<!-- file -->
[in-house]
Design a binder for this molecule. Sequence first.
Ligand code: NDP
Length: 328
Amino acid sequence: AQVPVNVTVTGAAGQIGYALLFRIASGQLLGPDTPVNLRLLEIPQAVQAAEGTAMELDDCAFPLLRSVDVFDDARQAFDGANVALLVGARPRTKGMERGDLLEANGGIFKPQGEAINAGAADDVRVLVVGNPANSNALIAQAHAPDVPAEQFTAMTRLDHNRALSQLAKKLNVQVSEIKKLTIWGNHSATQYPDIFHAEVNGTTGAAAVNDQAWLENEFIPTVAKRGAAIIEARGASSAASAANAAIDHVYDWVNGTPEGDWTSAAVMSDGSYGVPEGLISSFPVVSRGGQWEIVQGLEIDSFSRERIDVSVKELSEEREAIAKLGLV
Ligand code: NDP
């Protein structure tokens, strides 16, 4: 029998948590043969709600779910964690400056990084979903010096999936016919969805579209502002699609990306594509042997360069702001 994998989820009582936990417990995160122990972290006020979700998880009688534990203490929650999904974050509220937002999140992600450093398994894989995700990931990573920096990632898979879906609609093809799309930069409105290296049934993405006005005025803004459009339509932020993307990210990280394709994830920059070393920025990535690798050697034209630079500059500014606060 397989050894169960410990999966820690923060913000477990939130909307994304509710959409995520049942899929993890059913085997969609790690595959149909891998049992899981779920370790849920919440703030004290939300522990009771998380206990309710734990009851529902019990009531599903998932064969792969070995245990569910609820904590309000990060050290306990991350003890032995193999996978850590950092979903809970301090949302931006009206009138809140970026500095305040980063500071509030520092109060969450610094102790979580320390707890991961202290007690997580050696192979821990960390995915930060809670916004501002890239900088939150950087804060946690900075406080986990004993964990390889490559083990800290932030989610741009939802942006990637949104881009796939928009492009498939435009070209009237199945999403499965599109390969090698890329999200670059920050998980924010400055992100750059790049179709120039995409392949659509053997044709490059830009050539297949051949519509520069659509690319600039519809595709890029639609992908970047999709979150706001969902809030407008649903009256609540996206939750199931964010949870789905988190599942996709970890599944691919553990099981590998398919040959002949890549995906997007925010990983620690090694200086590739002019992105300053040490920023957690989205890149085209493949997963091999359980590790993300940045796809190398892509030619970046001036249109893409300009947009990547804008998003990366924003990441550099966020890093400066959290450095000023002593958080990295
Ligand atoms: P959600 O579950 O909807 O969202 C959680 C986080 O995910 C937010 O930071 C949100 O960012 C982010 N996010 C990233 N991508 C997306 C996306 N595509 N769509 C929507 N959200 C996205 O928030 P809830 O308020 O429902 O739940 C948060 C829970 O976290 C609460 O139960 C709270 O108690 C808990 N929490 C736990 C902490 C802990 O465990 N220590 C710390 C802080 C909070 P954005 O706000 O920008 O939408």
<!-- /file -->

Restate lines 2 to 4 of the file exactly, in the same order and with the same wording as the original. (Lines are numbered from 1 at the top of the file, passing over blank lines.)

Design a binder for this molecule. Sequence first.
Ligand code: NDP
Length: 328